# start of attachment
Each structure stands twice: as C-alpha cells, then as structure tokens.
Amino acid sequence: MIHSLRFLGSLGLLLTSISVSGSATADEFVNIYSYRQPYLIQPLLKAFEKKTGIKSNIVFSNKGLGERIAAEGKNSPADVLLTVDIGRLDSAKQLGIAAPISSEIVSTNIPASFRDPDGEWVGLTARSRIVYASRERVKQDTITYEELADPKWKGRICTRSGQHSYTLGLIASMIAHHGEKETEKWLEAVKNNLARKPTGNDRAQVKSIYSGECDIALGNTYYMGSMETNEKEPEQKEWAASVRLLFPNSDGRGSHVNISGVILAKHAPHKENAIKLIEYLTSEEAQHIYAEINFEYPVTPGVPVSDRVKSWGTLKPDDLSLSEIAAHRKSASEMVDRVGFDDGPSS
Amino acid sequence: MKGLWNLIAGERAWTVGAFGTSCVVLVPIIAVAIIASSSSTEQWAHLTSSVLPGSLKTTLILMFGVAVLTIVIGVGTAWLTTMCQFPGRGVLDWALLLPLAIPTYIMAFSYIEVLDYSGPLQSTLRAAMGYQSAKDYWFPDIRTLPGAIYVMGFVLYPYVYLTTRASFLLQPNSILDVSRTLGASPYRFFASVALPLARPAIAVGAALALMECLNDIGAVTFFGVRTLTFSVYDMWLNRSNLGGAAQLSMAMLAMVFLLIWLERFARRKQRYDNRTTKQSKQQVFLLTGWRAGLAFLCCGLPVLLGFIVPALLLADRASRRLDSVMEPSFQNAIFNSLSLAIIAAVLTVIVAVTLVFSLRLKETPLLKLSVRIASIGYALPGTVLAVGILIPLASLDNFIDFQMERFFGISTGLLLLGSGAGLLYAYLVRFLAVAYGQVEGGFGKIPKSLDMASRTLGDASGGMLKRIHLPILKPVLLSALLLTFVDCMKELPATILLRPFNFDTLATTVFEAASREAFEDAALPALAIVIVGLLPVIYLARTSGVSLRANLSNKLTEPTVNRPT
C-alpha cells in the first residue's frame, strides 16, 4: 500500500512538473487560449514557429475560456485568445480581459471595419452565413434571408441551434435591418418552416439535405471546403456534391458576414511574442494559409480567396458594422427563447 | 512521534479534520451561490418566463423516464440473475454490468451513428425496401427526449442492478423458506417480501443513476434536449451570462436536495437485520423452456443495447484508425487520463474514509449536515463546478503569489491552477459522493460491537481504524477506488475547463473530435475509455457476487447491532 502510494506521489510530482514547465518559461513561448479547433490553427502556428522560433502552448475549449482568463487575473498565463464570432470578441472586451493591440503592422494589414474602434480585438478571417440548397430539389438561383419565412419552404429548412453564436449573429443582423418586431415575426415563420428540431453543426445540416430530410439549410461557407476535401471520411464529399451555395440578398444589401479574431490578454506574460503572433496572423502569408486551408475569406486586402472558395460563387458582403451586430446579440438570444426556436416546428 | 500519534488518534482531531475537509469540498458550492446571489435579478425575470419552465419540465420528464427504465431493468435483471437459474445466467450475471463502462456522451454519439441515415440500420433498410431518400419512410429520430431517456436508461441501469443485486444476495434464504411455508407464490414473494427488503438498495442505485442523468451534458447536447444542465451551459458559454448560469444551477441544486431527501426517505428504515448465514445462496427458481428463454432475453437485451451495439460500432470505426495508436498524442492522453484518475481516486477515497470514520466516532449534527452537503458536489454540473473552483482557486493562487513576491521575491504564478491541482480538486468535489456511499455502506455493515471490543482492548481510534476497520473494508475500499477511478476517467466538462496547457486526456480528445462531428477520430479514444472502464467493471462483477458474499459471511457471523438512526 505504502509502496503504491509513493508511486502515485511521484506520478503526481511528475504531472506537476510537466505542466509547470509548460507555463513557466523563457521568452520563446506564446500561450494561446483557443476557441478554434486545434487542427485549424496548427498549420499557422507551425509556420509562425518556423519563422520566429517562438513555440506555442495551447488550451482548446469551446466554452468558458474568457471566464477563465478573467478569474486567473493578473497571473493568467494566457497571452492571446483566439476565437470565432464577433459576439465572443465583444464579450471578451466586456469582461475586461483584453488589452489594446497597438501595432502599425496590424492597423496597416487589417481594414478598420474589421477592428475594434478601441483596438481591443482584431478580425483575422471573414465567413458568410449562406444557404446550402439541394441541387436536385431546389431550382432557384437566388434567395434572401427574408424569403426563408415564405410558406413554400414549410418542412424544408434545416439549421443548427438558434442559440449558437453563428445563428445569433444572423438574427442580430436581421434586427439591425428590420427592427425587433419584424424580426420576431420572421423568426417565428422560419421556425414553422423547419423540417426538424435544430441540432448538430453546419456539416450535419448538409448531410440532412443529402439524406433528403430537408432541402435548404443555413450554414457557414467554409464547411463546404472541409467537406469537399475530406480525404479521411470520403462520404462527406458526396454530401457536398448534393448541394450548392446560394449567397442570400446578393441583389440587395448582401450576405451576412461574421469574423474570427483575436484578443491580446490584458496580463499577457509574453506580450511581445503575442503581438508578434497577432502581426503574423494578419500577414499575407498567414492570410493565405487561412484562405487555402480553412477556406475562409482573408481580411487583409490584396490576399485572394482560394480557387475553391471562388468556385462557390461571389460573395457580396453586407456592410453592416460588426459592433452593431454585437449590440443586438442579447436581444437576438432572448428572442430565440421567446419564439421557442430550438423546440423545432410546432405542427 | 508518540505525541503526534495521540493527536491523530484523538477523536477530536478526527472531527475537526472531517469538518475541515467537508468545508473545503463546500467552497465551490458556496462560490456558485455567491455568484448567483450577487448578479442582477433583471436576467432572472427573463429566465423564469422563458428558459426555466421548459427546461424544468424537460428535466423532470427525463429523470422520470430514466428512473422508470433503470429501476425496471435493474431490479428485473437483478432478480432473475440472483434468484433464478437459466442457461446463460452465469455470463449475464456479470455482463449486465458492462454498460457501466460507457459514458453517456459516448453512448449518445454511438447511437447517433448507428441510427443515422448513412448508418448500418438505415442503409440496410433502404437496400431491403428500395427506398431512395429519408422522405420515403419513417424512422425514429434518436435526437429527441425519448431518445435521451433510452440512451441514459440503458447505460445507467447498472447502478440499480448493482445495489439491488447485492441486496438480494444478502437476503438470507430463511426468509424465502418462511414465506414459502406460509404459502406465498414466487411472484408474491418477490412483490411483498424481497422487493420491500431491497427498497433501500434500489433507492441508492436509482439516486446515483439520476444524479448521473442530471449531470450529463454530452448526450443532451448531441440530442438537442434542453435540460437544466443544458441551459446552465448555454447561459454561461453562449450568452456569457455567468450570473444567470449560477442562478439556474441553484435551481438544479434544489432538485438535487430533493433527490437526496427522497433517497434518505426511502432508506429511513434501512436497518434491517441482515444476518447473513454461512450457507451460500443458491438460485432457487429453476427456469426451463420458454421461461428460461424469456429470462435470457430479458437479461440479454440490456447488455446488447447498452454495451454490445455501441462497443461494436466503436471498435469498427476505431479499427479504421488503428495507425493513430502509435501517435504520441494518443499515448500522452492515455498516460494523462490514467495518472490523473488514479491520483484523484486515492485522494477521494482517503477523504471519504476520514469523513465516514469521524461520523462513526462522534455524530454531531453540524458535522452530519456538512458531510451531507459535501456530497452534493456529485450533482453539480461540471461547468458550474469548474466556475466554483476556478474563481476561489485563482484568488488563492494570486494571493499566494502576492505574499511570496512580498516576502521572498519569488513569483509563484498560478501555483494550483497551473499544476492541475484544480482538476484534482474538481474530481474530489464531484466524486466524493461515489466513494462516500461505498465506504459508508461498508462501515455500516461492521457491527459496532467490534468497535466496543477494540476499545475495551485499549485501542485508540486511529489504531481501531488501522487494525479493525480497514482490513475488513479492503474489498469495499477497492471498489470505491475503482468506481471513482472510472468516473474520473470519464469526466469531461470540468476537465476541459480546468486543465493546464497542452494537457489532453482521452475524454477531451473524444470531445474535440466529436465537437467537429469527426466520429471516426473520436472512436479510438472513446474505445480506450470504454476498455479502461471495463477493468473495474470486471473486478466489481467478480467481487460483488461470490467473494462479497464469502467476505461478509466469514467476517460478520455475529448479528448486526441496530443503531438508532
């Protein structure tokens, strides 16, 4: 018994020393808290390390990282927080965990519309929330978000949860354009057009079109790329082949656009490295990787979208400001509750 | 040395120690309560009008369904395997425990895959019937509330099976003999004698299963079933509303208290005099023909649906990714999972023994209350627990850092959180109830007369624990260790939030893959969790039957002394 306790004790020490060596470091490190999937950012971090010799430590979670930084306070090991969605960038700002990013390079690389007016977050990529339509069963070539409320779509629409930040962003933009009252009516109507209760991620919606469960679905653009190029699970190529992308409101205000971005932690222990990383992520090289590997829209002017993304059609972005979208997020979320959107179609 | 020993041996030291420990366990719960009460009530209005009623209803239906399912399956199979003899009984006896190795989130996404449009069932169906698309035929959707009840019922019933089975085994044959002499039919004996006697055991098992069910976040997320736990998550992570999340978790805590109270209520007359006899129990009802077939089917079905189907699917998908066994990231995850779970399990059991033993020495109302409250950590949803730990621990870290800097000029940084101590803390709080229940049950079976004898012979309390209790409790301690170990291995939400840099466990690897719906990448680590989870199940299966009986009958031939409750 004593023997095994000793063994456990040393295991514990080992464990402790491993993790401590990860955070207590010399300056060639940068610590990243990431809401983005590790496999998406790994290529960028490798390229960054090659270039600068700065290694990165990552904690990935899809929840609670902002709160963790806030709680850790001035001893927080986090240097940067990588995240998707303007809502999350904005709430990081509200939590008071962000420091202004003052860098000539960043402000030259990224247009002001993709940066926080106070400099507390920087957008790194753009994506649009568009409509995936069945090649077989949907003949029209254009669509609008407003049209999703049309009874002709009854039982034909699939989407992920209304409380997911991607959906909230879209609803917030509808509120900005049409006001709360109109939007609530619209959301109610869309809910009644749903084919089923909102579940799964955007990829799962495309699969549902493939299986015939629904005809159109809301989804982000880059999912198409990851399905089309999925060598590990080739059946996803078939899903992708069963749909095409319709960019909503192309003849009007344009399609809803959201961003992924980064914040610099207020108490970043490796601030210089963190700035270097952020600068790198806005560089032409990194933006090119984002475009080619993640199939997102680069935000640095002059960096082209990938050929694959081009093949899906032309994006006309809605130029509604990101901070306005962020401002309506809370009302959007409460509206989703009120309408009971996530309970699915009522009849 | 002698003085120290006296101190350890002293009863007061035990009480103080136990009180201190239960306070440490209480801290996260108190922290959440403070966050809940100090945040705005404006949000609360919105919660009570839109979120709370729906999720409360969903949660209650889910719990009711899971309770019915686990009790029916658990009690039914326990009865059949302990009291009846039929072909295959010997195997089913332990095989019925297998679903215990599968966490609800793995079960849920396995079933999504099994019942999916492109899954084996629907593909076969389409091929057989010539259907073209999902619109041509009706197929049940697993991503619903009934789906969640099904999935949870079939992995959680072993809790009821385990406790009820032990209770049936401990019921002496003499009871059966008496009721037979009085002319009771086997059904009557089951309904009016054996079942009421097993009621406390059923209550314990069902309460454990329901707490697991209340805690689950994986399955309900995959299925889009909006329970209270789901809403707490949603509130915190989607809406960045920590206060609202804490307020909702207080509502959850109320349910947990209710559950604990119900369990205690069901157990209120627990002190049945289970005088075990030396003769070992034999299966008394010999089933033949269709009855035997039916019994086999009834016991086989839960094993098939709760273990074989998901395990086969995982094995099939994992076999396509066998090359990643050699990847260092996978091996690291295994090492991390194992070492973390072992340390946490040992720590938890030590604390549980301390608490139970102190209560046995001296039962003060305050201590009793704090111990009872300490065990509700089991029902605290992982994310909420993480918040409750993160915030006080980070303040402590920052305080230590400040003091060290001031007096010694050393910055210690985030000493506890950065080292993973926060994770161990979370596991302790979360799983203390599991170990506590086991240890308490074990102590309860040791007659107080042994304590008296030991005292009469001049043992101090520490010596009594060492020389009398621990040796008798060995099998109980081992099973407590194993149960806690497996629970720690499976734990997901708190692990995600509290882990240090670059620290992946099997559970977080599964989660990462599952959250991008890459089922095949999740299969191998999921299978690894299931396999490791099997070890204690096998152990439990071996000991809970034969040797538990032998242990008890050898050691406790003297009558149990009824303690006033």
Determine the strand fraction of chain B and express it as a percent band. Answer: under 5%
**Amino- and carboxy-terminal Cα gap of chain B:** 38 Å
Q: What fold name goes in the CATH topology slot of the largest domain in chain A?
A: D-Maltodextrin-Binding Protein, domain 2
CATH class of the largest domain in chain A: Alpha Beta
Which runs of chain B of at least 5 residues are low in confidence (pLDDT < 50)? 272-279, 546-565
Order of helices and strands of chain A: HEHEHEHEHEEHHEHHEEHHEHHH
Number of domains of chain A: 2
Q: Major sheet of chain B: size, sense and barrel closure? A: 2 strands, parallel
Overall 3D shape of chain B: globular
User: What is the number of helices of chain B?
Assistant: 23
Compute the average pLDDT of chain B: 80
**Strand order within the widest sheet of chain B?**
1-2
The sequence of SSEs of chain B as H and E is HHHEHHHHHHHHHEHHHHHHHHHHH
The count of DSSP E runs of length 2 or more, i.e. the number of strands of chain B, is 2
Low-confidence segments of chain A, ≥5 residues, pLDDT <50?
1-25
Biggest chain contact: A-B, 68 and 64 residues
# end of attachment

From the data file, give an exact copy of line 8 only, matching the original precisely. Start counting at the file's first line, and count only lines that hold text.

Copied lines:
Q: What fold name goes in the CATH topology slot of the largest domain in chain A?